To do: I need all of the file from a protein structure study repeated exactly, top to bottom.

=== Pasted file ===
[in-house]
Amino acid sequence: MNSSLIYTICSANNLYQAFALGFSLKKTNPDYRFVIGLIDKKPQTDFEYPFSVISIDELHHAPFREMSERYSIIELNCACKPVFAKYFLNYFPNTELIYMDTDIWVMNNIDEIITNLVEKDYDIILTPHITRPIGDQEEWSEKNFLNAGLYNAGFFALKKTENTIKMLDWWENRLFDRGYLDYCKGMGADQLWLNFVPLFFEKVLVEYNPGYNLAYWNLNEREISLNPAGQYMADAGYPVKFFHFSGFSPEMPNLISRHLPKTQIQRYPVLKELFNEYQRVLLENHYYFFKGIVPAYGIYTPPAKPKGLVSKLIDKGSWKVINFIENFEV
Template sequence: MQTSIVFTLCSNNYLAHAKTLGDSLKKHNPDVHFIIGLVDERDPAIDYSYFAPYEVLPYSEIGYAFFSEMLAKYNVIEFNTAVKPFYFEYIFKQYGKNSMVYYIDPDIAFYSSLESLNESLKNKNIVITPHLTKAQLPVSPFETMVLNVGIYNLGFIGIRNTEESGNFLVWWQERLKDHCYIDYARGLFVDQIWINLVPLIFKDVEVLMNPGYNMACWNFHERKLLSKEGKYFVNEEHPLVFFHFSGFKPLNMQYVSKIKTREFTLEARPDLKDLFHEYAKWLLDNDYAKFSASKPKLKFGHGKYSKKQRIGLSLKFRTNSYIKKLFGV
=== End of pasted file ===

[in-house]
Amino acid sequence: MNSSLIYTICSANNLYQAFALGFSLKKTNPDYRFVIGLIDKKPQTDFEYPFSVISIDELHHAPFREMSERYSIIELNCACKPVFAKYFLNYFPNTELIYMDTDIWVMNNIDEIITNLVEKDYDIILTPHITRPIGDQEEWSEKNFLNAGLYNAGFFALKKTENTIKMLDWWENRLFDRGYLDYCKGMGADQLWLNFVPLFFEKVLVEYNPGYNLAYWNLNEREISLNPAGQYMADAGYPVKFFHFSGFSPEMPNLISRHLPKTQIQRYPVLKELFNEYQRVLLENHYYFFKGIVPAYGIYTPPAKPKGLVSKLIDKGSWKVINFIENFEV
Template sequence: MQTSIVFTLCSNNYLAHAKTLGDSLKKHNPDVHFIIGLVDERDPAIDYSYFAPYEVLPYSEIGYAFFSEMLAKYNVIEFNTAVKPFYFEYIFKQYGKNSMVYYIDPDIAFYSSLESLNESLKNKNIVITPHLTKAQLPVSPFETMVLNVGIYNLGFIGIRNTEESGNFLVWWQERLKDHCYIDYARGLFVDQIWINLVPLIFKDVEVLMNPGYNMACWNFHERKLLSKEGKYFVNEEHPLVFFHFSGFKPLNMQYVSKIKTREFTLEARPDLKDLFHEYAKWLLDNDYAKFSASKPKLKFGHGKYSKKQRIGLSLKFRTNSYIKKLFGV